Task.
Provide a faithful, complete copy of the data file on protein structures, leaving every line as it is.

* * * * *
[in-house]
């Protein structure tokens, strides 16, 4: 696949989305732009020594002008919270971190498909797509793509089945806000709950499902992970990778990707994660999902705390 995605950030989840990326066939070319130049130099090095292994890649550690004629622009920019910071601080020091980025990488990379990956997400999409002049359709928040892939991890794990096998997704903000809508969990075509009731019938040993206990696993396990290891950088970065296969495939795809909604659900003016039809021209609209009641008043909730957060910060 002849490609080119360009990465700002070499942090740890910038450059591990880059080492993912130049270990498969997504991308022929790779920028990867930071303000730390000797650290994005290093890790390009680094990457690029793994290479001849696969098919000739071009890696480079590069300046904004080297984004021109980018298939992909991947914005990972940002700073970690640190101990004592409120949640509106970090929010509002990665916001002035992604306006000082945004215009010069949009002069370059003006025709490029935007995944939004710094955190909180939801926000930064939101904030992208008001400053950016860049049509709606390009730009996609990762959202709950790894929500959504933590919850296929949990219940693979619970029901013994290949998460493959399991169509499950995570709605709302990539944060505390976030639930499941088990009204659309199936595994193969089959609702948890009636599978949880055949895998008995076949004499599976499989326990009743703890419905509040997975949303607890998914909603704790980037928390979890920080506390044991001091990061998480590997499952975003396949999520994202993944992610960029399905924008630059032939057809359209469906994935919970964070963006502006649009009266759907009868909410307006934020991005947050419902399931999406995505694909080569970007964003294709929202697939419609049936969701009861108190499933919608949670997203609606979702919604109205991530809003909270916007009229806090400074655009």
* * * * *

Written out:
[in-house]
């Protein structure tokens, strides 16, 4: 696949989305732009020594002008919270971190498909797509793509089945806000709950499902992970990778990707994660999902705390 995605950030989840990326066939070319130049130099090095292994890649550690004629622009920019910071601080020091980025990488990379990956997400999409002049359709928040892939991890794990096998997704903000809508969990075509009731019938040993206990696993396990290891950088970065296969495939795809909604659900003016039809021209609209009641008043909730957060910060 002849490609080119360009990465700002070499942090740890910038450059591990880059080492993912130049270990498969997504991308022929790779920028990867930071303000730390000797650290994005290093890790390009680094990457690029793994290479001849696969098919000739071009890696480079590069300046904004080297984004021109980018298939992909991947914005990972940002700073970690640190101990004592409120949640509106970090929010509002990665916001002035992604306006000082945004215009010069949009002069370059003006025709490029935007995944939004710094955190909180939801926000930064939101904030992208008001400053950016860049049509709606390009730009996609990762959202709950790894929500959504933590919850296929949990219940693979619970029901013994290949998460493959399991169509499950995570709605709302990539944060505390976030639930499941088990009204659309199936595994193969089959609702948890009636599978949880055949895998008995076949004499599976499989326990009743703890419905509040997975949303607890998914909603704790980037928390979890920080506390044991001091990061998480590997499952975003396949999520994202993944992610960029399905924008630059032939057809359209469906994935919970964070963006502006649009009266759907009868909410307006934020991005947050419902399931999406995505694909080569970007964003294709929202697939419609049936969701009861108190499933919608949670997203609606979702919604109205991530809003909270916007009229806090400074655009």